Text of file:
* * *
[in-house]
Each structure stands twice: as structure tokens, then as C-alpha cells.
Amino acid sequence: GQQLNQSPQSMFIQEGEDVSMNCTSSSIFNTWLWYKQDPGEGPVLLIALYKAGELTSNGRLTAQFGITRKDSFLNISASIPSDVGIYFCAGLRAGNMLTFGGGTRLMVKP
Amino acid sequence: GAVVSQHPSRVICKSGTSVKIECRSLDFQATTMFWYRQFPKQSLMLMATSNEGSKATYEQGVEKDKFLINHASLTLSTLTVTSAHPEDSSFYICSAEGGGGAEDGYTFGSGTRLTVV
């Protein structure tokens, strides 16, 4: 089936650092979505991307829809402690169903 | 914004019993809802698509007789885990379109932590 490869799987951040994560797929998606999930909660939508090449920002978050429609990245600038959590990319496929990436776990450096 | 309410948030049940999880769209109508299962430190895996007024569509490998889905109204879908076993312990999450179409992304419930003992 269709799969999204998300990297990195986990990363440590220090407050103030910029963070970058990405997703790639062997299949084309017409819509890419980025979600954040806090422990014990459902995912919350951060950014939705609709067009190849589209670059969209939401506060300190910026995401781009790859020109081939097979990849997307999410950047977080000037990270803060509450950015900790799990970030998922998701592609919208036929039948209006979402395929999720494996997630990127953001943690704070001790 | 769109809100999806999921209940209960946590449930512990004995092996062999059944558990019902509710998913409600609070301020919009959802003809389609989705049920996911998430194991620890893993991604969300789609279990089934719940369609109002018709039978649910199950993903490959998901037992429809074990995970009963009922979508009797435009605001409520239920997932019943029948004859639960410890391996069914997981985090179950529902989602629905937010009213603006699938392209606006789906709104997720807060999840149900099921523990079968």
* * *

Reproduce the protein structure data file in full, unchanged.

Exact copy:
[in-house]
Each structure stands twice: as structure tokens, then as C-alpha cells.
Amino acid sequence: GQQLNQSPQSMFIQEGEDVSMNCTSSSIFNTWLWYKQDPGEGPVLLIALYKAGELTSNGRLTAQFGITRKDSFLNISASIPSDVGIYFCAGLRAGNMLTFGGGTRLMVKP
Amino acid sequence: GAVVSQHPSRVICKSGTSVKIECRSLDFQATTMFWYRQFPKQSLMLMATSNEGSKATYEQGVEKDKFLINHASLTLSTLTVTSAHPEDSSFYICSAEGGGGAEDGYTFGSGTRLTVV
């Protein structure tokens, strides 16, 4: 089936650092979505991307829809402690169903 | 914004019993809802698509007789885990379109932590 490869799987951040994560797929998606999930909660939508090449920002978050429609990245600038959590990319496929990436776990450096 | 309410948030049940999880769209109508299962430190895996007024569509490998889905109204879908076993312990999450179409992304419930003992 269709799969999204998300990297990195986990990363440590220090407050103030910029963070970058990405997703790639062997299949084309017409819509890419980025979600954040806090422990014990459902995912919350951060950014939705609709067009190849589209670059969209939401506060300190910026995401781009790859020109081939097979990849997307999410950047977080000037990270803060509450950015900790799990970030998922998701592609919208036929039948209006979402395929999720494996997630990127953001943690704070001790 | 769109809100999806999921209940209960946590449930512990004995092996062999059944558990019902509710998913409600609070301020919009959802003809389609989705049920996911998430194991620890893993991604969300789609279990089934719940369609109002018709039978649910199950993903490959998901037992429809074990995970009963009922979508009797435009605001409520239920997932019943029948004859639960410890391996069914997981985090179950529902989602629905937010009213603006699938392209606006789906709104997720807060999840149900099921523990079968």